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Moving through the stages of Grief; through this pandemic, collectively, together! By Dr. Tanya Wylde, ND

Did you know we are all grieving?  What stage of Grief are you in?
This post is based on an article I read by Scott Berinato, a senior editor at Harvard Business Review; written March 23rd 2020 called “That Discomfort you are feeling– It’s GRIEF” read it and went YES!  That’s it, the world is grieving and they need to know it.  Identify what stage YOU are in and it will help you move through to the next! The world has changed.  We feel it.  We know it is temporary, but right now, it doesn’t feel that way and we are all grieving the loss of what was normal to us.  We are grieving the loss of human connection, our normal routines, our safety,  our financial stability and we all worry that this will forever change the world around us.  The scariest part is that we are all experiencing this together and we are not used to the kind of heaviness in the air.  We are all connected energetically and yes, we feel it!  We are grieving on an individual and collective level.  When has this ever happened on this level?  Never.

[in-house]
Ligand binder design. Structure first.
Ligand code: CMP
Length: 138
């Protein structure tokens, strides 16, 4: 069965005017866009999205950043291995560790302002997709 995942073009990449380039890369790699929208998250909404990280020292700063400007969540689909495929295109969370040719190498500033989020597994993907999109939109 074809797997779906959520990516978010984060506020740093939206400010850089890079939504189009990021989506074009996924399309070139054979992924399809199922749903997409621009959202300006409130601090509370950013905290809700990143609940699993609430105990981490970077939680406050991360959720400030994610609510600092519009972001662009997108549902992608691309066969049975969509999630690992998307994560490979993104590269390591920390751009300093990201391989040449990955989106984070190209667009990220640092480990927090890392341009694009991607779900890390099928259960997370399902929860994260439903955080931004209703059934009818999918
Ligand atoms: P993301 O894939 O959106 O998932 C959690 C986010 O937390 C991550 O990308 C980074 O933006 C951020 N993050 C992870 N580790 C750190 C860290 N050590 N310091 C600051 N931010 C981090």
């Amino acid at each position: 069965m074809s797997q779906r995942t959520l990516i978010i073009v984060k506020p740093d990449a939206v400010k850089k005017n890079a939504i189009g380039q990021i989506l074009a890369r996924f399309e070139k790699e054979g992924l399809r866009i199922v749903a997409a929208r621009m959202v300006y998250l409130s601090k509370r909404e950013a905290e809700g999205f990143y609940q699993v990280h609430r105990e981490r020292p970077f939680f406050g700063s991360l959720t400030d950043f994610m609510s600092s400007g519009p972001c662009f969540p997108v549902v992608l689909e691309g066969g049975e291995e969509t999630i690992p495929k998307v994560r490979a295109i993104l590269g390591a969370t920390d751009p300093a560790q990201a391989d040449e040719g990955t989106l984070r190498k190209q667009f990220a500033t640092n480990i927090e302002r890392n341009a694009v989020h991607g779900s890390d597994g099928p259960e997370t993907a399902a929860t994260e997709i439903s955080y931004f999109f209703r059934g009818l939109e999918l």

Are you familiar with the stages of grief?  What stage are you in?  You may jump around through the stages of grief as they are not “linear” but just being able to understand and label your emotion is a powerful tool.  Saying “I am grieving” can bring you out of your primitive part of your brain called the “amygdala” aka “fight-flight-freeze” center of your brain and into your processing part of your brain; “The lateral pre-frontal cortex” part of your brain.  It helps you process and feel less sad.  Just like when you are mad and you label it and say “ I am mad” you become less “in mad” and begin to soften yourself.   The stages of grief include: Denial, Anger, Bargaining, sadness and then finally acceptance.   Denial would be the sort of thinking that includes: “This virus won’t affect me, I am invisible” Apparently the news said that Millennials thought this for a while.  Examples of anger around it all would include; “You’re making me stay home and taking away my activities, this makes me angry”; Bargaining would be “Okay, if I social distance for a couple of weeks, the virus will go away and I can go back to the usual routine”; Sadness would be thoughts of “The world is coming to an end, will this ever be over?”; finally there’s acceptance; “This is happening and I have to adapt and make changes that allows me to carry on”  Acceptance is the most powerful.  We find control in acceptance.